When you answer your child by saying and using the phrase "because I said so" ..

  1. Apostle Jack profile image60
    Apostle Jackposted 7 years ago

    When you answer your child by saying and using the phrase "because I said so" ..do you?

    ...think that your child receive full understanding of what you meant. I would say that they are worse off without an explanation.
    I also think that when the person don't know the answer themselves is when they use that type of response.Do you agree?

  2. Rob Winters profile image81
    Rob Wintersposted 7 years ago

    Probably not. Sometimes we say it because we're busy or in a rush or trying to keep our cool for whatever reason. I agree with you that sometimes people use it because they don't have an answer but i think a lot of the time it's because they don't have an answer the child can understand or accept. Sometimes people don't (at least in the moment) feel they have to justify or the time to explain themselves to a child.

    I suppose it's said for different reasons at different times..Mostly though -  either to pacify or interrupt the child as the parents rushing about doing something or because the parent knows  (prob due to the age of the child) that no answer will satisfy the Why? that prompted the "beacause i said so".Kids do ask a lot of questions that are difficult to answer mind.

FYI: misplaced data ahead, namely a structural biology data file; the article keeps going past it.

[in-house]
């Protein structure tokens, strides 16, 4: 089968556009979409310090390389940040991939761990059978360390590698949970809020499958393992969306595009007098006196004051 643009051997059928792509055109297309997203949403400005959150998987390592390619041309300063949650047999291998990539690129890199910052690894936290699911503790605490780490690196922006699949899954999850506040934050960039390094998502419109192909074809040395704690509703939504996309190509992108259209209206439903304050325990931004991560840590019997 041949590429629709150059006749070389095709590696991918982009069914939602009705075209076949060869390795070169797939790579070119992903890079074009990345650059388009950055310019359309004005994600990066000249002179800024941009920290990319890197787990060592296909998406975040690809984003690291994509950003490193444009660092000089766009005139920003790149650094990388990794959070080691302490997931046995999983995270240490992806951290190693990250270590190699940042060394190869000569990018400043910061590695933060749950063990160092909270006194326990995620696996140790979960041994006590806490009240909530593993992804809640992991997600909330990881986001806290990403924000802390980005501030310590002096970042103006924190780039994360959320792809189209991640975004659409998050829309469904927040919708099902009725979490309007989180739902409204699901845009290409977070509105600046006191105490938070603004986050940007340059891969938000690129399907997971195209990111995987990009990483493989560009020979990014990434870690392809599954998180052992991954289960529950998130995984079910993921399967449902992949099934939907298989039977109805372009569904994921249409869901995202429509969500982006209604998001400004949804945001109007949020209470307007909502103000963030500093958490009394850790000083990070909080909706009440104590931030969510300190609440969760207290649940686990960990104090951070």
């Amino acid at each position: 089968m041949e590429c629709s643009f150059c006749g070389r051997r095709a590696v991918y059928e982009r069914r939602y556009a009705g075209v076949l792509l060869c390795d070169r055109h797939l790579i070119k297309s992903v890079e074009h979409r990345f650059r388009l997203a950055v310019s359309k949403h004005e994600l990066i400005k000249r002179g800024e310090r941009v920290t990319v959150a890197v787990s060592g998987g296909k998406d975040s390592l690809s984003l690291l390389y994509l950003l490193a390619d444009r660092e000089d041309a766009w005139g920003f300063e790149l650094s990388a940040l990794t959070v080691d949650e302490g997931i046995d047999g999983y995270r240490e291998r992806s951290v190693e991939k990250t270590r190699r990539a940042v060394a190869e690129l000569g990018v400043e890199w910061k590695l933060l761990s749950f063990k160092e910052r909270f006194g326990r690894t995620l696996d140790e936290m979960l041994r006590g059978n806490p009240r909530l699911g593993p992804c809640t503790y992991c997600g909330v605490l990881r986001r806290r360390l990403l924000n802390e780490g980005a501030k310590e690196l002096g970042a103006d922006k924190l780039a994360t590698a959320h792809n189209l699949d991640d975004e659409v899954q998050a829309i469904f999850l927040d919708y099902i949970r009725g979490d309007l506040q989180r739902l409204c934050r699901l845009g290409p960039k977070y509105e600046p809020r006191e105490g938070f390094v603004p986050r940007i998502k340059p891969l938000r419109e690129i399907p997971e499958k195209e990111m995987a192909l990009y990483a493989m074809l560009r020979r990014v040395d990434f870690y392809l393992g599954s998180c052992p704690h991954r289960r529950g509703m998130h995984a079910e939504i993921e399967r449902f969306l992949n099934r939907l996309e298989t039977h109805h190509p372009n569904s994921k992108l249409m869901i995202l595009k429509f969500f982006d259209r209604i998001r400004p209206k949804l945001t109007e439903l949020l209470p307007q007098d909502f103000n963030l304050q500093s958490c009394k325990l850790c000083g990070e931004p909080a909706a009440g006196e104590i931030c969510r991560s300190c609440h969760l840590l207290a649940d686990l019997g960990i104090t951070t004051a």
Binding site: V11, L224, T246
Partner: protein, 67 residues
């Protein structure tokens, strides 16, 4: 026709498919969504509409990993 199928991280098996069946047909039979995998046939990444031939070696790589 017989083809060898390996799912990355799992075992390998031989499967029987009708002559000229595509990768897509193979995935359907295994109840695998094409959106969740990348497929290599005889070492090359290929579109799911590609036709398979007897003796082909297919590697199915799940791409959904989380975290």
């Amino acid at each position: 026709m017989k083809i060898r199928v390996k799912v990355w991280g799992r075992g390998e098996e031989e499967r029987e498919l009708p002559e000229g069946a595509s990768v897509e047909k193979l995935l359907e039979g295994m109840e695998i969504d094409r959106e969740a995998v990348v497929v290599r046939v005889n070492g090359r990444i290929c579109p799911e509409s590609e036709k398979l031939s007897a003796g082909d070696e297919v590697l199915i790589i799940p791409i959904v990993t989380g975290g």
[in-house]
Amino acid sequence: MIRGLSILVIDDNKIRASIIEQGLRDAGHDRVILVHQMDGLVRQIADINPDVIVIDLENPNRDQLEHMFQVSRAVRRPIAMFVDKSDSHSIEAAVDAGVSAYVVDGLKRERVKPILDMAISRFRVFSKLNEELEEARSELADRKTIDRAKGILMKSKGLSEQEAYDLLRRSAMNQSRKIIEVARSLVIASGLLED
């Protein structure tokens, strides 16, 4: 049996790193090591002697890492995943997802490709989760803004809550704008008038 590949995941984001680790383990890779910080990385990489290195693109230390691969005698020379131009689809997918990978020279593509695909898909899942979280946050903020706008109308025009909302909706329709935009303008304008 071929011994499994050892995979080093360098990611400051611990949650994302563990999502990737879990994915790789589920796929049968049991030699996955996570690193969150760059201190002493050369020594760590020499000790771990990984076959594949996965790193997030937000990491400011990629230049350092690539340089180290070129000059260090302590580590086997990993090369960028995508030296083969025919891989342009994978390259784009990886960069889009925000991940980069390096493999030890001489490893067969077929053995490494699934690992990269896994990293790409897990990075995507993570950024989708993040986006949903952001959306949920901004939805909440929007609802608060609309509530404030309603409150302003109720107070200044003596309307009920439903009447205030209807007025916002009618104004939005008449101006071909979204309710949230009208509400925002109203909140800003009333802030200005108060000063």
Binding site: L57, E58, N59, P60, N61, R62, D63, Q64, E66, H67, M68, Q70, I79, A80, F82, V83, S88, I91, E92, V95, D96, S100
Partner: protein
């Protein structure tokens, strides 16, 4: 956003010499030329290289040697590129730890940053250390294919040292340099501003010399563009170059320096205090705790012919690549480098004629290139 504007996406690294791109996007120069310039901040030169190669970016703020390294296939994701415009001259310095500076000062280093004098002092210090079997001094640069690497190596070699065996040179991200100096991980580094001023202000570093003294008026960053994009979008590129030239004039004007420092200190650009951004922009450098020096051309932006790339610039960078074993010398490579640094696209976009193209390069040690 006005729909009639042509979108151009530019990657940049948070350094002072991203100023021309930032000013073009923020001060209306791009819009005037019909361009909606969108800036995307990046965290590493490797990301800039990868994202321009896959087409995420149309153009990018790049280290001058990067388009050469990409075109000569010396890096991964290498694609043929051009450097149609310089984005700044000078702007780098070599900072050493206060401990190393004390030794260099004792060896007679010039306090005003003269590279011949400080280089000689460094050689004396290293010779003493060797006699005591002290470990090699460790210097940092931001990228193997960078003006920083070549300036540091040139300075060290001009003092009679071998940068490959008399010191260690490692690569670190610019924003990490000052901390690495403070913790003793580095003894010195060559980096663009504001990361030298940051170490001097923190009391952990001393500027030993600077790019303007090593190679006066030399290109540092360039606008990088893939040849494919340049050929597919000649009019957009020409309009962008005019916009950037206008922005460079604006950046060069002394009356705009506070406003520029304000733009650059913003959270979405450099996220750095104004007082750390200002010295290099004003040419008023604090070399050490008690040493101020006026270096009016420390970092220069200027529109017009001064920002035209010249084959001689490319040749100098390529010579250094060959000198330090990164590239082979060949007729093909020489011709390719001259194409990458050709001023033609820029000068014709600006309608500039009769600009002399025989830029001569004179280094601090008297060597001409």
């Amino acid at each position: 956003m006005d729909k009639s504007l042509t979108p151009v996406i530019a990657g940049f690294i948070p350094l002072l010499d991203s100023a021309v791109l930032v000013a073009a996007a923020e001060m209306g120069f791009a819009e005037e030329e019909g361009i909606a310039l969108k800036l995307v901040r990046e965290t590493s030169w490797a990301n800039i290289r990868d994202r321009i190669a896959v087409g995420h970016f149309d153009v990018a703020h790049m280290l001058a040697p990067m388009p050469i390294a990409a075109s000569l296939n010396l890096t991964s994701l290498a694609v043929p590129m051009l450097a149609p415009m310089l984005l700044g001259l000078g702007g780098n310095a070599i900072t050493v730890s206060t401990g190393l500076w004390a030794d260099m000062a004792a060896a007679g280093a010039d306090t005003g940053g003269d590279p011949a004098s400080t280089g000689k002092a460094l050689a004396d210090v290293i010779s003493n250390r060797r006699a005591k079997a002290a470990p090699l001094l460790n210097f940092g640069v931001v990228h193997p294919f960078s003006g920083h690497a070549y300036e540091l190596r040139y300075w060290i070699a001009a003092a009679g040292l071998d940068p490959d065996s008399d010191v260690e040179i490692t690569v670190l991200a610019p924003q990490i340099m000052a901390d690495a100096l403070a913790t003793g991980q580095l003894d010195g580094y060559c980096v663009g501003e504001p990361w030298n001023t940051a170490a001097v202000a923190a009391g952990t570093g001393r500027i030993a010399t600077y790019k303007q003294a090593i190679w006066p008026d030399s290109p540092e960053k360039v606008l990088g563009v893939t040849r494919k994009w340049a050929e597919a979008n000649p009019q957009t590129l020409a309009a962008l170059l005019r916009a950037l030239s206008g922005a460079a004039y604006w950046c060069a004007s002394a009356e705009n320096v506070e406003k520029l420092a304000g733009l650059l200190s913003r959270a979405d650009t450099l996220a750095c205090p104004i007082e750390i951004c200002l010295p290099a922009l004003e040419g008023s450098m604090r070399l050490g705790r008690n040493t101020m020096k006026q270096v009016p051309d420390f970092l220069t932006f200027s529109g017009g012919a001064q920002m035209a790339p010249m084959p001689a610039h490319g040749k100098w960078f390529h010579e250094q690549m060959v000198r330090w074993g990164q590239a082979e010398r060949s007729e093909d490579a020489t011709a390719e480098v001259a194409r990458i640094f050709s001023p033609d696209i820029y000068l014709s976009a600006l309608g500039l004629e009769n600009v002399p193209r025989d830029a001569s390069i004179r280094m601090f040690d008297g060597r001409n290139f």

I think most other reasons such as indiffernece or annoyance etc would be less common explanations.Hope so anyway.

  3. ThePracticalMommy profile image96
    ThePracticalMommyposted 7 years ago

    I remember learning about this in my teaching classes in college. Saying "Because I said so" doesn't teach the child anything but that you have dominance over them.

    I agree with Rob Winters who said that sometimes people/parents use it as a short answer or as an answer for a child who may not understand the meaning behind the action that is wanted. It can be frustrating at times to deal with a child who is challenging a request made by a parent or teacher or other adults.

    I find myself saying that to my son who is turning three, but then I remember my college days and tell him the reason in a story of sorts, kind of like an extended metaphor for what I'm asking him to do. I bring the reason down to his level; it may be in the form of a nursery rhyme or an example from one of his favorite books. Does he always understand? Perhaps not, but the story does divert his attention and stubborness for a minute and he most often complies with the request. smile


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